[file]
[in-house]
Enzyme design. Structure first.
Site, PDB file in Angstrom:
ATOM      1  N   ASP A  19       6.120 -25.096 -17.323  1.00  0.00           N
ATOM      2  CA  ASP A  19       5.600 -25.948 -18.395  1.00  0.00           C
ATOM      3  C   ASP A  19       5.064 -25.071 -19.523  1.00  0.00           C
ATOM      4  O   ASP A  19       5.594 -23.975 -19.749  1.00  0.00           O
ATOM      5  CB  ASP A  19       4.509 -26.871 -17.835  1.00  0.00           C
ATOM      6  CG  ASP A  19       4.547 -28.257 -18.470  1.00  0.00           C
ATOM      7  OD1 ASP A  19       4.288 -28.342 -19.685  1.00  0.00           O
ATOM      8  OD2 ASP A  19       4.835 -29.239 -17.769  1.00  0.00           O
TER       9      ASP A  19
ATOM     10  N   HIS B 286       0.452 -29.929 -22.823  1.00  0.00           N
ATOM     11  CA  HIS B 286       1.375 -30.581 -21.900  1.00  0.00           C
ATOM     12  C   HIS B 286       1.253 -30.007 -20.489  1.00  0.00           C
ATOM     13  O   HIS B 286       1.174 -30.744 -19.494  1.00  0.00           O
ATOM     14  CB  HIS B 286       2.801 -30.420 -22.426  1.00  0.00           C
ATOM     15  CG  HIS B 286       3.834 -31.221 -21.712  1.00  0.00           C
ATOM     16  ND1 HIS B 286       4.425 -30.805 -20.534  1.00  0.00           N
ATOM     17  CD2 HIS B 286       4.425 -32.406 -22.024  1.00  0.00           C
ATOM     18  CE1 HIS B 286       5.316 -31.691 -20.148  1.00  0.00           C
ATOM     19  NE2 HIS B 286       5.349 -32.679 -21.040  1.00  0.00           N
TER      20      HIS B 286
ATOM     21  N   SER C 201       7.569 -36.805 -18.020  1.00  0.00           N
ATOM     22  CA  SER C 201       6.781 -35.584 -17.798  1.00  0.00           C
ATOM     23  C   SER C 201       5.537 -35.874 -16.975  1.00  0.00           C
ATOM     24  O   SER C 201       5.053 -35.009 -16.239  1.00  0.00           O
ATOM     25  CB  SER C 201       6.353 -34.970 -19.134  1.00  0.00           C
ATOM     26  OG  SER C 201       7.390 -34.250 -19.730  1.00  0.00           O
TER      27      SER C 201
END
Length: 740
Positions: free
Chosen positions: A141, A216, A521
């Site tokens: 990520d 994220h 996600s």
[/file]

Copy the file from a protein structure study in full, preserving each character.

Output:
[in-house]
Enzyme design. Structure first.
Site, PDB file in Angstrom:
ATOM      1  N   ASP A  19       6.120 -25.096 -17.323  1.00  0.00           N
ATOM      2  CA  ASP A  19       5.600 -25.948 -18.395  1.00  0.00           C
ATOM      3  C   ASP A  19       5.064 -25.071 -19.523  1.00  0.00           C
ATOM      4  O   ASP A  19       5.594 -23.975 -19.749  1.00  0.00           O
ATOM      5  CB  ASP A  19       4.509 -26.871 -17.835  1.00  0.00           C
ATOM      6  CG  ASP A  19       4.547 -28.257 -18.470  1.00  0.00           C
ATOM      7  OD1 ASP A  19       4.288 -28.342 -19.685  1.00  0.00           O
ATOM      8  OD2 ASP A  19       4.835 -29.239 -17.769  1.00  0.00           O
TER       9      ASP A  19
ATOM     10  N   HIS B 286       0.452 -29.929 -22.823  1.00  0.00           N
ATOM     11  CA  HIS B 286       1.375 -30.581 -21.900  1.00  0.00           C
ATOM     12  C   HIS B 286       1.253 -30.007 -20.489  1.00  0.00           C
ATOM     13  O   HIS B 286       1.174 -30.744 -19.494  1.00  0.00           O
ATOM     14  CB  HIS B 286       2.801 -30.420 -22.426  1.00  0.00           C
ATOM     15  CG  HIS B 286       3.834 -31.221 -21.712  1.00  0.00           C
ATOM     16  ND1 HIS B 286       4.425 -30.805 -20.534  1.00  0.00           N
ATOM     17  CD2 HIS B 286       4.425 -32.406 -22.024  1.00  0.00           C
ATOM     18  CE1 HIS B 286       5.316 -31.691 -20.148  1.00  0.00           C
ATOM     19  NE2 HIS B 286       5.349 -32.679 -21.040  1.00  0.00           N
TER      20      HIS B 286
ATOM     21  N   SER C 201       7.569 -36.805 -18.020  1.00  0.00           N
ATOM     22  CA  SER C 201       6.781 -35.584 -17.798  1.00  0.00           C
ATOM     23  C   SER C 201       5.537 -35.874 -16.975  1.00  0.00           C
ATOM     24  O   SER C 201       5.053 -35.009 -16.239  1.00  0.00           O
ATOM     25  CB  SER C 201       6.353 -34.970 -19.134  1.00  0.00           C
ATOM     26  OG  SER C 201       7.390 -34.250 -19.730  1.00  0.00           O
TER      27      SER C 201
END
Length: 740
Positions: free
Chosen positions: A141, A216, A521
């Site tokens: 990520d 994220h 996600s």